David Frymier, CISO and vice president at Unisys, says even the NSA would be hard-pressed to break strong encryption, so using strong encryption is the best bet. Even Snowden said that, Frymier says.
Still unclear is whether the actual algorithms the NSA has cracked will be revealed publicly.
"Most algorithms are actually safe," says Tatu Ylonen, creator of the SSH protocol and CEO and founder of SSH Communications Security.
2. Beef up your encryption key management.
David Frymier, CISO and vice president at Unisys, is skeptical of the claims that the NSA worked to weaken any encryption specifications. "I just don't find that [argument] compelling. All of these algorithms are basically published in the public domain, and they are reviewed by [various parties]," he says.
Even so, the most important factor is how the keys are managed: how companies deploy the technology, store their keys, and allow access to them, experts say. The security of the servers running and storing that code is also crucial, especially since the NSA is reportedly taking advantage of vulnerabilities much in the way hackers do, experts note.
Dave Anderson, a senior director with Voltage Security, says it's possible for the NSA to decrypt a financial transaction, but probably only if the crypto wasn't implemented correctly or there keys weren't properly managed. "A more likely way that the NSA is reading Internet communications is through exploiting a weakness in key management. That could be a weakness in the way that keys are generated, or it could be a weakness in the way that keys are stored," Anderson says. "And because many of the steps in the life cycle of a key often involve a human user, this introduces the potential for human error, making key life-cycle management never as secure as the protection provided by the encryption itself."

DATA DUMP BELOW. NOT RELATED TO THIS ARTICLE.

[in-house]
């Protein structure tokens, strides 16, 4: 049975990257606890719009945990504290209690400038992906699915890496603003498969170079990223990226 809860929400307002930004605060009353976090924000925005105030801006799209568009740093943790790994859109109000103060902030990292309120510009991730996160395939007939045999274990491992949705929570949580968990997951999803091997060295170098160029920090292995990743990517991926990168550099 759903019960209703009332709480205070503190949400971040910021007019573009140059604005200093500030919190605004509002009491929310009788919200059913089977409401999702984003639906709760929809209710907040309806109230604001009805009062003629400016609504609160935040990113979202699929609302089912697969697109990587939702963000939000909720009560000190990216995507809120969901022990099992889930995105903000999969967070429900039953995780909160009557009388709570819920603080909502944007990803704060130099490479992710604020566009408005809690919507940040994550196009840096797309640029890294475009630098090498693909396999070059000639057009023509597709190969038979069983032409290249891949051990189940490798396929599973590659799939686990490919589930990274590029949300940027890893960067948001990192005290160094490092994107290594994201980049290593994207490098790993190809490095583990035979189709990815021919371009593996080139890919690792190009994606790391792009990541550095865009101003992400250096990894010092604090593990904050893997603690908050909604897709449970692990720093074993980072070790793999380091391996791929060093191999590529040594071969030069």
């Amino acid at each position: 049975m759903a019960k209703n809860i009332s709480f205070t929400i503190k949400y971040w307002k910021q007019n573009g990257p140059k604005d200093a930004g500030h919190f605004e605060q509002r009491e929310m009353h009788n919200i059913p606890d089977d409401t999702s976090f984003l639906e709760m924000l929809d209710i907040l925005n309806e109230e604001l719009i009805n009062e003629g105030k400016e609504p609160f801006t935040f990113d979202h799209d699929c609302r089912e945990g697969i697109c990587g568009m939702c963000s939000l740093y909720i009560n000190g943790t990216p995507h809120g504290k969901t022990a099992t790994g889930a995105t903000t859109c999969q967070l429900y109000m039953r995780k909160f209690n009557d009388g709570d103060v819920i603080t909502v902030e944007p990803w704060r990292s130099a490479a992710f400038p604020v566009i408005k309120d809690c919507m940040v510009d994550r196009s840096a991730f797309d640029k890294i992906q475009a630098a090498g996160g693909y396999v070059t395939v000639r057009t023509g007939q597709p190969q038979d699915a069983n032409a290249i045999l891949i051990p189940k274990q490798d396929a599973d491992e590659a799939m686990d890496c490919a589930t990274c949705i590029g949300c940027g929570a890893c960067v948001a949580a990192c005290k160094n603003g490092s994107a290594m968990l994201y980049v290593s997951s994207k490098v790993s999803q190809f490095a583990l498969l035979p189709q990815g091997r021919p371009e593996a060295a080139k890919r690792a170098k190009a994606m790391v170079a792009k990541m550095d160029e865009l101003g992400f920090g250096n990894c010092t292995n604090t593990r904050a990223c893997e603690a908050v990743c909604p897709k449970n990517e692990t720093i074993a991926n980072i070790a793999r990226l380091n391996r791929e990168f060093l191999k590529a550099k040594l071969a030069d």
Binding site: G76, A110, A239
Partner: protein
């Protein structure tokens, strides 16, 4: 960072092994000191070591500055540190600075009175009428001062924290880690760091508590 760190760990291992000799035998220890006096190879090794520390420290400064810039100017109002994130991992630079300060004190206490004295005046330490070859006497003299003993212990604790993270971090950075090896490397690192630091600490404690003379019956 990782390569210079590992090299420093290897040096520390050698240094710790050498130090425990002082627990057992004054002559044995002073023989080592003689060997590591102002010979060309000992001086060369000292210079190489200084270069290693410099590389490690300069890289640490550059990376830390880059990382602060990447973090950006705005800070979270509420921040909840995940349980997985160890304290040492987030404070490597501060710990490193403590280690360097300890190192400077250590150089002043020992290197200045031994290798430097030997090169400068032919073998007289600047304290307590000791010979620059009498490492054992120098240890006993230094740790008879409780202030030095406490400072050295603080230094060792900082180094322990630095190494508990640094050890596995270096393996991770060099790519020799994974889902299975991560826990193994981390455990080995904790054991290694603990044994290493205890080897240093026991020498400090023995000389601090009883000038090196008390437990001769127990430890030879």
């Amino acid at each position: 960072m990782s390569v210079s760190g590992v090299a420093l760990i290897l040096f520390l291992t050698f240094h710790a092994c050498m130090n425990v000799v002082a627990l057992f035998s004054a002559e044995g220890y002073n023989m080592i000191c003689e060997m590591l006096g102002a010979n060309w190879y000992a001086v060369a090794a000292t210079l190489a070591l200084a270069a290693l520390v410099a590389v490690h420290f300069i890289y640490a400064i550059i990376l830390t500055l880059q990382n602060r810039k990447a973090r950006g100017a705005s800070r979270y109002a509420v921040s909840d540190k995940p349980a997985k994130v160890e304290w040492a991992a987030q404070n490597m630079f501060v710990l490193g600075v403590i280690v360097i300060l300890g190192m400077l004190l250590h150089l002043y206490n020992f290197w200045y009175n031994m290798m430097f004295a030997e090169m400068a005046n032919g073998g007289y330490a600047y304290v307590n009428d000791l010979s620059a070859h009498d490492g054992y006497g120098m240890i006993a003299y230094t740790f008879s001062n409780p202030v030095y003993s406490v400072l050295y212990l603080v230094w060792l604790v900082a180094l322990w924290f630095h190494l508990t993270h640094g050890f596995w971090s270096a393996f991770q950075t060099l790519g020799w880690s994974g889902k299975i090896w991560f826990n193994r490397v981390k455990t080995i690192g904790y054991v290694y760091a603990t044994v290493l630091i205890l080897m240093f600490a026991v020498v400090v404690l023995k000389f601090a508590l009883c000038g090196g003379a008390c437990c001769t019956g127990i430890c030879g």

Keep your servers up-to-date with patches, too, because weaknesses in the operating system or other software running on the servers that support the crypto software are other possible entryways for intruders or spies.
One of the most common mistakes: not restricting or knowing who has access to the server storing crypto keys, when, and from where, according to SSH's Ylonen. "And that person's access must be properly terminated when it's no longer needed," he says. "I don't think this problem is encryption: It is overall security."
Ylonen says it's also a wake-up call for taking better care and management of endpoints.
Not having proper key management is dangerous, he says. One of SSH Communications' bank customers had more than 1.5 million keys for accessing its production servers, but the bank didn't know who had control over the keys, he says.
"There are two kinds of keys -- keys for encryption and keys for gaining access that can give you further access to encryption keys," he says. And access-granting keys are often the worst-managed, he says. "Some of the leading organizations don't know who has access to the keys to these systems," he says.
"If you get the encryption keys, you can read [encrypted data]. If you get the access keys, you can read the data, and you can modify the system ... or destroy the data," he says.
Conduct a risk analysis on what information the NSA, the Chinese, or others would be interested in.
Once you've figured out what data would be juicy for targeting, double down to protect it.
"Whatever that is, protect it using modern, strong encryption, where you control the endpoints and you control the keys. If you do that, you can be reasonably assured your information will be safe," Unisys' Frymier says.
In the end, crypto-cracking and pilfered keys are merely weapons in cyberspying and cyberwarfare, experts say.
"The NSA wants access to data ... they want access to passwords and credentials to access the system so it can be used for offensive purposes if the need arises, or for data collection," Ylonen says. "They want access to modern software and applications so they are later guaranteed access to other systems."